“Paul says ‘think on these things,’ and that is what I do,” said Campolo, who is the founder of the Evangelical Association for the Promotion of Education, an organization that develops schools and social programs.
His spiritual practices begin with centering prayer in the morning and end with the prayer of examen at night. The 73-year-old Campolo credits this discipline with allowing him to keep a schedule that includes 400 speaking appearances a year.
“I feel a distinct rush that results in an aliveness and enthusiasm and a burst of spiritual energy,” Campolo said. “When Jesus spoke, he spoke as one having authority. That was a spiritual quality of his being, and Christian leaders, if they are going to speak with authority, they have to access spiritual practices that will infuse them with an authority beyond themselves. We speak not of ourselves, but of Christ, and that depends on the extent to which we allow Christ to be in us at one time.”
In addition to strengthening an individual’s spiritual life, Christian spiritual practices have the potential to build up the community and identity of the church.
Elisabeth Koenig, a professor of ascetical theology at the General Theological Seminary of the Episcopal Church, emphasizes the literal meaning of the word “practice” -- the repeated performance of a task or action regularly over time.
“Practices help us to develop an explicit, strong sense of personal identity we can return to when the going gets rough,” said Koenig, who teaches courses in Christian spiritual practices.
When performed by a group -- a congregation, members of a ministry or other body -- they also can establish a communal identity. Koenig likens this to the way a sports team functions.
“Both spiritual practices and sports involve the development of higher and higher degrees of complex action and interaction. And when people cooperate together in ways that are more intricate and complex, they also grow a new, stronger sense of communal identity,” she said.
Slowing down, opening up
Like Campolo, Wallis knows the rejuvenation -- both physical and spiritual -- that comes from daily spiritual discipline. Ironically, this energy comes from the fact that the practices slow him down.
“The problem with most leaders is our schedule,” Wallis said. “For me, it is incoming fire all day long. Even my taxicab rides are scheduled with interviews. Nothing ever stops, but something has to slow you down, and for me that is prayer.
“Prayer is not talking, it is listening. So when I pray, it just refreshes and relaxes and calms me and I start breathing again and I empty my mind and begin to focus on the deeper things. And things come to me -- some of my best ideas.”
Wallis’s complaint about the rapid-fire pace of his life is common for many Americans.
“If we are not deliberate about ordering how we live, in time we are just going to be washed away,” said Dorothy Bass, who studies Christian spiritual practices as head of the Valparaiso Project on the Education and Formation of People in Faith at Valparaiso University.
“There is a 24-7, 365 culture out there, and it is becoming even spiritually difficult to just sit still. But there are ways of shaping our lifetimes that acknowledge that we do not have all the time in the world, and that time can be used and opened in ways that we can be more present to God and to one another,” she said.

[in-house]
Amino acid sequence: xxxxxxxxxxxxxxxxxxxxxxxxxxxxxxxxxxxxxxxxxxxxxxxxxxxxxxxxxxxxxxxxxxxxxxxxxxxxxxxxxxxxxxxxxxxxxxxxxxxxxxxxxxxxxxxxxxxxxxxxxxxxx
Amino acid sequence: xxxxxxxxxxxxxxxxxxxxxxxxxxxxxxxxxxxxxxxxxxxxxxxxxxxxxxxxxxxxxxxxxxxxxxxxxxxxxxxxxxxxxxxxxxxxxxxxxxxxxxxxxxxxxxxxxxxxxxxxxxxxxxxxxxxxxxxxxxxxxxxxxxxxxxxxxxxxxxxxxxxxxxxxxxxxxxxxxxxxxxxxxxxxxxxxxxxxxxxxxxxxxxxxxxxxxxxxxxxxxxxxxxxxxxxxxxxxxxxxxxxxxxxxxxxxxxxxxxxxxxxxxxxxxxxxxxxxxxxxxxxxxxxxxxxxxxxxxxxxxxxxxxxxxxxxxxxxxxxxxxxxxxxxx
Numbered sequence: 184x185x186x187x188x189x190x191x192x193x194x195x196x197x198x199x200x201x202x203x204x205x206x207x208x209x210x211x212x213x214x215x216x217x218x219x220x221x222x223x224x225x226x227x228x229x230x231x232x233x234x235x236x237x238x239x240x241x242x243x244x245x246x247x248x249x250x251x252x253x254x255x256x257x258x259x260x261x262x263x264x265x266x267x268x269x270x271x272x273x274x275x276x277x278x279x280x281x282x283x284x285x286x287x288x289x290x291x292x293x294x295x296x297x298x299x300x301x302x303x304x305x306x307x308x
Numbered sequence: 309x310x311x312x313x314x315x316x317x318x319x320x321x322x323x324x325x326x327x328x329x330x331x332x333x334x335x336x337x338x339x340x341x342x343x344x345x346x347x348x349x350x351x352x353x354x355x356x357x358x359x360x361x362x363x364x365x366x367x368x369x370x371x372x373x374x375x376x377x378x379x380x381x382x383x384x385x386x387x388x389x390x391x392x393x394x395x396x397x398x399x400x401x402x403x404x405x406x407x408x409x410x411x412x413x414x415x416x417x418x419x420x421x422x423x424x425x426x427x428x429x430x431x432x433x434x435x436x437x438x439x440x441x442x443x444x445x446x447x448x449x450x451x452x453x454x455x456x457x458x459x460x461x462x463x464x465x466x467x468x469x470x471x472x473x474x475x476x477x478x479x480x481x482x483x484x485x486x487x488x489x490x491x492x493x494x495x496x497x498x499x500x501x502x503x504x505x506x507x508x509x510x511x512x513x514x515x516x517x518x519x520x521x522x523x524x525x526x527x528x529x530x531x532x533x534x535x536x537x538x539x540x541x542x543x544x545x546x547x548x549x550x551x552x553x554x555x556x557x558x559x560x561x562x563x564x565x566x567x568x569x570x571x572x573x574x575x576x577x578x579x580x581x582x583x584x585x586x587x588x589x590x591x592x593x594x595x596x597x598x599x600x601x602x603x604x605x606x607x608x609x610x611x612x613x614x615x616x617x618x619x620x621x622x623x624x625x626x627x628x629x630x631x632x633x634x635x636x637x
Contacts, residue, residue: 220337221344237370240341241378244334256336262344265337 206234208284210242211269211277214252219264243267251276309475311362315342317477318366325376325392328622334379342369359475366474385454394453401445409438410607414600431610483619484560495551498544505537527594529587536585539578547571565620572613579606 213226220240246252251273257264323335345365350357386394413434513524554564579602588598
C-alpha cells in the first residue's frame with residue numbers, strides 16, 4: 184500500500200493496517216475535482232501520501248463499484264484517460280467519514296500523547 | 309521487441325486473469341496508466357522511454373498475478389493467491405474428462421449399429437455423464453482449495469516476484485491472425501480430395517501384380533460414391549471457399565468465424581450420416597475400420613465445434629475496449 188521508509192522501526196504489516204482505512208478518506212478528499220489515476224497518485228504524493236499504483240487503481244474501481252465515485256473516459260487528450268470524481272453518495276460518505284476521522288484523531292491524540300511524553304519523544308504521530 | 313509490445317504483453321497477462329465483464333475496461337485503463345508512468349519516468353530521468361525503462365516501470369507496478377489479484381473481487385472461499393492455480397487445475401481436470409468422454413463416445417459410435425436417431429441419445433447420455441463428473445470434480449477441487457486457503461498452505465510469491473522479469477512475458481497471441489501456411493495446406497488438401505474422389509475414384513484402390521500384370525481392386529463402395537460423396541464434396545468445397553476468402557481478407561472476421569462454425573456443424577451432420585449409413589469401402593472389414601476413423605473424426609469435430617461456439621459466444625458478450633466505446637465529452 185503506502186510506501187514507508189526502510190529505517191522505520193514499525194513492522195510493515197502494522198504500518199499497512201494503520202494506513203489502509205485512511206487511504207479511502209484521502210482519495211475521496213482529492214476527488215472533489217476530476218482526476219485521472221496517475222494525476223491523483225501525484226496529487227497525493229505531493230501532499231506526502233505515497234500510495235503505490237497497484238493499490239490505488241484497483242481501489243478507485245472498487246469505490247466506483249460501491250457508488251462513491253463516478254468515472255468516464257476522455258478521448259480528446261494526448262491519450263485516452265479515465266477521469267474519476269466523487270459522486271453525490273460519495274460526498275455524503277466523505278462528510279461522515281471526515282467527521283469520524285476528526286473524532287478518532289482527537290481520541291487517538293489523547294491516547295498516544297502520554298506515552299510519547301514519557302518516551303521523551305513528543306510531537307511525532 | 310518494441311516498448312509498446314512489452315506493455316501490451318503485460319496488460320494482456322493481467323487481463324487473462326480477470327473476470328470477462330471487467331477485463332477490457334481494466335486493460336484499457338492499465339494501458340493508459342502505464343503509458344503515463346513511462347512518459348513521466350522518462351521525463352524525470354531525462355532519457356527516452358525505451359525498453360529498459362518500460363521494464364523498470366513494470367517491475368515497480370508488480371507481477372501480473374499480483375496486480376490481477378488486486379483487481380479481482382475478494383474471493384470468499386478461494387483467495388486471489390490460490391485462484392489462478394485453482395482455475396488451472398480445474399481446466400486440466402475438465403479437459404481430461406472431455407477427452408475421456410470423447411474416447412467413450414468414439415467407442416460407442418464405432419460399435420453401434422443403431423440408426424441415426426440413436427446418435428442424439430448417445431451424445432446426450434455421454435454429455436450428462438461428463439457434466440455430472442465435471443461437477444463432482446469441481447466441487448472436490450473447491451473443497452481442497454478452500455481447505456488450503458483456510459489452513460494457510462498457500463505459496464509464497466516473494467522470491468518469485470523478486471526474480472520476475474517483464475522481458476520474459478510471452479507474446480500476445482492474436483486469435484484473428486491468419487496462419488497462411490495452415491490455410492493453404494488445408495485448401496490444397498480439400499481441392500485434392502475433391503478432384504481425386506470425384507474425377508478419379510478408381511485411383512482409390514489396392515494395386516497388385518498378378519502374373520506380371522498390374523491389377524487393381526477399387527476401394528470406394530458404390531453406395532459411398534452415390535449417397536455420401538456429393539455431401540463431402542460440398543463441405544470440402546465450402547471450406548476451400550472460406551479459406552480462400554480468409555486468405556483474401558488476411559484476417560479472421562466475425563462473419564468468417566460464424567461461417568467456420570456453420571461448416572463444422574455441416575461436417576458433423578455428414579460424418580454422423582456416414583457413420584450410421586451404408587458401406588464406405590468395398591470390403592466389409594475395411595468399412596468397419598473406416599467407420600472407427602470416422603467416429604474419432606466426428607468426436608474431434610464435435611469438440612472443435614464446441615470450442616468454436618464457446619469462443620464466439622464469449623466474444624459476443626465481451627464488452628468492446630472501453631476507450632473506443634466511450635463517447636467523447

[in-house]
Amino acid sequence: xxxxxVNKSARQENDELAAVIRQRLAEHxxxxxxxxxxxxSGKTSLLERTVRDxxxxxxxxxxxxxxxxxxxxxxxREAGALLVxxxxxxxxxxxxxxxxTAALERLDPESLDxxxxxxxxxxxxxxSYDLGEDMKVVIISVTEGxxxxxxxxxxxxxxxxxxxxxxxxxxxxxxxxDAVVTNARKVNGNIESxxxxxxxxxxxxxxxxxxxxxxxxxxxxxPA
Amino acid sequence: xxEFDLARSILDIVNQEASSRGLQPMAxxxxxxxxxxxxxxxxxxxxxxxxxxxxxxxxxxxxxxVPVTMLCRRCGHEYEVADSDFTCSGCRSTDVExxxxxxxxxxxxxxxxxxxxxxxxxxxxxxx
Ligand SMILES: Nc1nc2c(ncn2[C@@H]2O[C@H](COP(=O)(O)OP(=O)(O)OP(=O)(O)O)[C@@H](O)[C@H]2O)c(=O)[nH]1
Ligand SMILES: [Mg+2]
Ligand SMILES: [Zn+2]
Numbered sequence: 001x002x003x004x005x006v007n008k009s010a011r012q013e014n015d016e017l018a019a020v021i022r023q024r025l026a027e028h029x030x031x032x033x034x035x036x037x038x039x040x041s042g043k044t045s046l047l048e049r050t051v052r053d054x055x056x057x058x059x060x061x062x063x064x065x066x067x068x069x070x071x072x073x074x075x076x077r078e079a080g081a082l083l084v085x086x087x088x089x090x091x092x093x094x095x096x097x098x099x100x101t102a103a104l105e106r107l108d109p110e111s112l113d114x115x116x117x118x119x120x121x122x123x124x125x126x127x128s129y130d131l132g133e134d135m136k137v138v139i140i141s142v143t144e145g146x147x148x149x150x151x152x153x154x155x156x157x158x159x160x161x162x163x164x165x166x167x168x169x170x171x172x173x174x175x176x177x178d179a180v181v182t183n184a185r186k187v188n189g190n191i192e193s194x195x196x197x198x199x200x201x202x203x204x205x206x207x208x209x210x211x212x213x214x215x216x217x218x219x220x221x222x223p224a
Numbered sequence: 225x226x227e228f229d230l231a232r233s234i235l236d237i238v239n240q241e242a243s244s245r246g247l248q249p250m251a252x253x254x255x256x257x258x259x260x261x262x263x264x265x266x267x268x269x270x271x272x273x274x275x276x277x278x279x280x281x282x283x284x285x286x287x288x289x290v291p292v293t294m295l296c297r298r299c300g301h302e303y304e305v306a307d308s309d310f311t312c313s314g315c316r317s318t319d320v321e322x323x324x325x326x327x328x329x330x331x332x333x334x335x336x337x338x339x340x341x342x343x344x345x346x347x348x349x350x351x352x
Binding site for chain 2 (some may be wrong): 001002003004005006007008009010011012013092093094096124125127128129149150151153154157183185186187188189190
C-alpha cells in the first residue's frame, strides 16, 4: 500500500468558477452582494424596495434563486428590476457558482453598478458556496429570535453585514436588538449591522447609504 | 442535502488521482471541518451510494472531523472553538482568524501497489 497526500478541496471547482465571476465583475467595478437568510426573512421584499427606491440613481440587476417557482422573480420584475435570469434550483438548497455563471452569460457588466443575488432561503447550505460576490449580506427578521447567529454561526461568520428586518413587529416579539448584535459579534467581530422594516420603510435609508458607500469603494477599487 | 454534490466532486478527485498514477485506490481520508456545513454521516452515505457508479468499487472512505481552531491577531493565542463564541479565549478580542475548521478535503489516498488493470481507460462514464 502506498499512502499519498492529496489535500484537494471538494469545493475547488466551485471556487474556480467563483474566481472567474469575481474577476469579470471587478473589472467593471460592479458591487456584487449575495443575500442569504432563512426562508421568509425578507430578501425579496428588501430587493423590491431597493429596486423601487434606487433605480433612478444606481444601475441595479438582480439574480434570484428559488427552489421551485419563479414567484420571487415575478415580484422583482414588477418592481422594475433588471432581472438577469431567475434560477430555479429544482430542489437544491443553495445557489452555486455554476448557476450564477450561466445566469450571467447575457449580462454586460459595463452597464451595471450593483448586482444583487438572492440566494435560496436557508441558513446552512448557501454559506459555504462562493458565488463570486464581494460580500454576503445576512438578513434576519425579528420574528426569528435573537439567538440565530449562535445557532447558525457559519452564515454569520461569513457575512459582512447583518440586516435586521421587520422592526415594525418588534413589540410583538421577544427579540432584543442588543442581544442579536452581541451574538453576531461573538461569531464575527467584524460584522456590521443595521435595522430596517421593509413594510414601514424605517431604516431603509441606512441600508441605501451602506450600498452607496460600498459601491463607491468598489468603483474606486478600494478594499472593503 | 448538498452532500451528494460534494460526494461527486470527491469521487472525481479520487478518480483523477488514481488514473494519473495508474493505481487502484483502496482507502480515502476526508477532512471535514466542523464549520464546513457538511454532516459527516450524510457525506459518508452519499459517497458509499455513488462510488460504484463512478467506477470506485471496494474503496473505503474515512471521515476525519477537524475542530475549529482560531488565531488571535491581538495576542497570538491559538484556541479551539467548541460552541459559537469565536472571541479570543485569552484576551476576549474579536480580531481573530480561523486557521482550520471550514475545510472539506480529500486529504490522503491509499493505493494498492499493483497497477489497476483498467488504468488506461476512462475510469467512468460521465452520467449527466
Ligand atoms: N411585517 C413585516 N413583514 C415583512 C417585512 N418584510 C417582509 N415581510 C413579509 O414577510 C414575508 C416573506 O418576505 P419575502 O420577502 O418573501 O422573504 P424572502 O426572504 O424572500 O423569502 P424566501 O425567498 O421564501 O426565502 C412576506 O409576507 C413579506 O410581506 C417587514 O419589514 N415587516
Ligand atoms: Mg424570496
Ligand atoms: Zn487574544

Bass and colleague Craig Dykstra explained their ideas about Christian spiritual practices in their 1997 book, “Practicing Our Faith: A Way of Life for a Searching People.”
Bass takes a broad view of what makes a Christian spiritual practice and emphasizes that almost anything we do in the course of a day can become one if approached with intention and openness to the spirit. In this way, the preparation of family meal, the welcoming of a guest, the keeping of the Sabbath can all become Christian spiritual practices. Even the taking of bath can become a Christian practice if one approaches it with the idea that caring for the body is caring for God’s creation.
Humility and authenticity
Richard Land knows the value of staking out a time for his spiritual practice. As president of the Southern Baptist Convention’s Ethics and Religious Liberty Commission, he is constantly on the road, bouncing between his offices in Nashville and Washington, D.C., as he represents the SBC’s social and moral concerns to lawmakers.
To Land, maintaining a sense of awe is critical for leaders because without it they risk becoming too complacent in their relationship with God and, ultimately, in their work.
“I think it is essential to maintaining authenticity,” Land said. “I believe that it is critical that we understand that we are dealing with an infinite, holy word from a sacred source…. We must always understand that we are never going to be fully able to grasp or scale the heights of God’s revelations to us. But we will understand more in humility than without it.”
Humility is critical for spiritual practices, even more so for those who lead others. Without it, there is a risk of becoming too sure, too certain that the fruits of the practices -- clearer communication with God -- make one right and unchallengeable.
“The silence is deafening when you go too far, when the racket in your head sounds remarkably like you,” Tickle said. “If you think you are getting to be a real spiritual warrior you better watch out because you are all of a sudden going to be standing there alone because the Spirit is going to have left you.”